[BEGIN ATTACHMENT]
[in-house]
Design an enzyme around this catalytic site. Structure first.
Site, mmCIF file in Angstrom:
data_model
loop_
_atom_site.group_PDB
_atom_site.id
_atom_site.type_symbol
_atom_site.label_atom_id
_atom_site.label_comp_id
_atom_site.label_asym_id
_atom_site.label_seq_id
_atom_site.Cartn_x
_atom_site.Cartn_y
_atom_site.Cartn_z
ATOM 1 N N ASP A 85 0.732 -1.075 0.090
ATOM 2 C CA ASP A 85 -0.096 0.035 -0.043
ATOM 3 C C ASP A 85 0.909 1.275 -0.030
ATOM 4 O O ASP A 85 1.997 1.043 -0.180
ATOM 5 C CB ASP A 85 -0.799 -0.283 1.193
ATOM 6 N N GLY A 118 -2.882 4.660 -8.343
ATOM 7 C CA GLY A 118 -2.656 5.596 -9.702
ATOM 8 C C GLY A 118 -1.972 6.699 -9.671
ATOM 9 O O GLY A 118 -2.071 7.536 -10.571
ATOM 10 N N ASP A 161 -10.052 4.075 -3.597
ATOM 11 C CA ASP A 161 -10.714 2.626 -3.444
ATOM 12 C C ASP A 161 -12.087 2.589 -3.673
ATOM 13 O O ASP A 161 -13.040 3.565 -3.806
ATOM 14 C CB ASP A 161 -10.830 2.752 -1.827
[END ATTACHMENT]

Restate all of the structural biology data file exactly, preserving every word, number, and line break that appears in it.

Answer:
[in-house]
Design an enzyme around this catalytic site. Structure first.
Site, mmCIF file in Angstrom:
data_model
loop_
_atom_site.group_PDB
_atom_site.id
_atom_site.type_symbol
_atom_site.label_atom_id
_atom_site.label_comp_id
_atom_site.label_asym_id
_atom_site.label_seq_id
_atom_site.Cartn_x
_atom_site.Cartn_y
_atom_site.Cartn_z
ATOM 1 N N ASP A 85 0.732 -1.075 0.090
ATOM 2 C CA ASP A 85 -0.096 0.035 -0.043
ATOM 3 C C ASP A 85 0.909 1.275 -0.030
ATOM 4 O O ASP A 85 1.997 1.043 -0.180
ATOM 5 C CB ASP A 85 -0.799 -0.283 1.193
ATOM 6 N N GLY A 118 -2.882 4.660 -8.343
ATOM 7 C CA GLY A 118 -2.656 5.596 -9.702
ATOM 8 C C GLY A 118 -1.972 6.699 -9.671
ATOM 9 O O GLY A 118 -2.071 7.536 -10.571
ATOM 10 N N ASP A 161 -10.052 4.075 -3.597
ATOM 11 C CA ASP A 161 -10.714 2.626 -3.444
ATOM 12 C C ASP A 161 -12.087 2.589 -3.673
ATOM 13 O O ASP A 161 -13.040 3.565 -3.806
ATOM 14 C CB ASP A 161 -10.830 2.752 -1.827